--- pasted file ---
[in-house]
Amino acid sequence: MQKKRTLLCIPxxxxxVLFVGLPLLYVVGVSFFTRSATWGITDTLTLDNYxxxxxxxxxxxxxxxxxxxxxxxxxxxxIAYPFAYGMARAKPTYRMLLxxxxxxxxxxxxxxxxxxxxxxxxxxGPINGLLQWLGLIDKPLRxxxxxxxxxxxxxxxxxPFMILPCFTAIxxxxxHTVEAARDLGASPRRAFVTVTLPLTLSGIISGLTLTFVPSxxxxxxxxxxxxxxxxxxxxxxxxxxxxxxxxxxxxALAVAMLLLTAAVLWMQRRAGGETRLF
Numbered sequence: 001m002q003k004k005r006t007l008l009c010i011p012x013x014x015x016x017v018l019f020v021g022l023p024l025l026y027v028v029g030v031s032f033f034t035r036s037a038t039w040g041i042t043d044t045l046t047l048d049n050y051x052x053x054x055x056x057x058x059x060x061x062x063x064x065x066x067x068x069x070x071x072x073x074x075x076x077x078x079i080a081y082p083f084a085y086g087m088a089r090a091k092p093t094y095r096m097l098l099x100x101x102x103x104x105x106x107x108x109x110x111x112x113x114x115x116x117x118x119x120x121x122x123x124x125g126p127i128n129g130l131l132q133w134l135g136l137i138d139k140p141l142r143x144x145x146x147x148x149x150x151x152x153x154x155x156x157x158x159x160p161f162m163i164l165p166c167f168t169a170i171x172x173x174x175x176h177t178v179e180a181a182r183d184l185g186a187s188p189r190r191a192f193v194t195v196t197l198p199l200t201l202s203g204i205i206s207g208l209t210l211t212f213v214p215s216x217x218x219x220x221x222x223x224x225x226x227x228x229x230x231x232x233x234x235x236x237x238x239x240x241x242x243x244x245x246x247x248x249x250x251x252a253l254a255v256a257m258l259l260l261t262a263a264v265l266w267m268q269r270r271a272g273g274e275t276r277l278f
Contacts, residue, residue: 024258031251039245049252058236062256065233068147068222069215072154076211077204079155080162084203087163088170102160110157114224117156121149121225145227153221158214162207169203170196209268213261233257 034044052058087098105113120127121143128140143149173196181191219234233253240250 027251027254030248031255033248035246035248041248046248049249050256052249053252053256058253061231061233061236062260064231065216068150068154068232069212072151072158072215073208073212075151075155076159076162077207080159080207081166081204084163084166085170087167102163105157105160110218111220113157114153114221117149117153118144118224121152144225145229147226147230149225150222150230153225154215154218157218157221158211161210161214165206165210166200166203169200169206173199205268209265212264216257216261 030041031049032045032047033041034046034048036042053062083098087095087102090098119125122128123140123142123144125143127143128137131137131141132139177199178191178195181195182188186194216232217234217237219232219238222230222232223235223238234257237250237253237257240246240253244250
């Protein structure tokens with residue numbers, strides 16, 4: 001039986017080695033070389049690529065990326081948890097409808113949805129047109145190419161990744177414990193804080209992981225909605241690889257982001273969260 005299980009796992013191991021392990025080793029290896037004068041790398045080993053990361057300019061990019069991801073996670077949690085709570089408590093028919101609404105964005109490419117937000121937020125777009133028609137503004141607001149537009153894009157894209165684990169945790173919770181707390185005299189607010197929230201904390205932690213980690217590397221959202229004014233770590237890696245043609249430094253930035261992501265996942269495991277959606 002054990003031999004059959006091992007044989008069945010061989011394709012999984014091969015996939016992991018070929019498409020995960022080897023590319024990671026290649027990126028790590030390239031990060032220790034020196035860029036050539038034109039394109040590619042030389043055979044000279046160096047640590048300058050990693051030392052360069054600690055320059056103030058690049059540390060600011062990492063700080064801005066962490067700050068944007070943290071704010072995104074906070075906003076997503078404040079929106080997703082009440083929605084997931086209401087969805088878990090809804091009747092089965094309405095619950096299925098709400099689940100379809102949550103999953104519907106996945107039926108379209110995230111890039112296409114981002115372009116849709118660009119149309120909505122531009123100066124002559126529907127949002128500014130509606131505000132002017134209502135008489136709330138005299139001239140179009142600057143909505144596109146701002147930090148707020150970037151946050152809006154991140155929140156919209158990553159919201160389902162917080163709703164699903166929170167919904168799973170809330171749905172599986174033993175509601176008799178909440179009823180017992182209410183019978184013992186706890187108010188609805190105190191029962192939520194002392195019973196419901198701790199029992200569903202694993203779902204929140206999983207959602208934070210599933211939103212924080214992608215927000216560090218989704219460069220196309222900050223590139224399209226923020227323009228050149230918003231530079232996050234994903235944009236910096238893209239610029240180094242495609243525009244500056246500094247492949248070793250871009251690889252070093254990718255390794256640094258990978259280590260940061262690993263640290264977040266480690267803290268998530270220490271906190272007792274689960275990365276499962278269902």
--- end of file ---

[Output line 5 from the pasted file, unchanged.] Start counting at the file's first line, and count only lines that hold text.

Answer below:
């Protein structure tokens with residue numbers, strides 16, 4: 001039986017080695033070389049690529065990326081948890097409808113949805129047109145190419161990744177414990193804080209992981225909605241690889257982001273969260 005299980009796992013191991021392990025080793029290896037004068041790398045080993053990361057300019061990019069991801073996670077949690085709570089408590093028919101609404105964005109490419117937000121937020125777009133028609137503004141607001149537009153894009157894209165684990169945790173919770181707390185005299189607010197929230201904390205932690213980690217590397221959202229004014233770590237890696245043609249430094253930035261992501265996942269495991277959606 002054990003031999004059959006091992007044989008069945010061989011394709012999984014091969015996939016992991018070929019498409020995960022080897023590319024990671026290649027990126028790590030390239031990060032220790034020196035860029036050539038034109039394109040590619042030389043055979044000279046160096047640590048300058050990693051030392052360069054600690055320059056103030058690049059540390060600011062990492063700080064801005066962490067700050068944007070943290071704010072995104074906070075906003076997503078404040079929106080997703082009440083929605084997931086209401087969805088878990090809804091009747092089965094309405095619950096299925098709400099689940100379809102949550103999953104519907106996945107039926108379209110995230111890039112296409114981002115372009116849709118660009119149309120909505122531009123100066124002559126529907127949002128500014130509606131505000132002017134209502135008489136709330138005299139001239140179009142600057143909505144596109146701002147930090148707020150970037151946050152809006154991140155929140156919209158990553159919201160389902162917080163709703164699903166929170167919904168799973170809330171749905172599986174033993175509601176008799178909440179009823180017992182209410183019978184013992186706890187108010188609805190105190191029962192939520194002392195019973196419901198701790199029992200569903202694993203779902204929140206999983207959602208934070210599933211939103212924080214992608215927000216560090218989704219460069220196309222900050223590139224399209226923020227323009228050149230918003231530079232996050234994903235944009236910096238893209239610029240180094242495609243525009244500056246500094247492949248070793250871009251690889252070093254990718255390794256640094258990978259280590260940061262690993263640290264977040266480690267803290268998530270220490271906190272007792274689960275990365276499962278269902």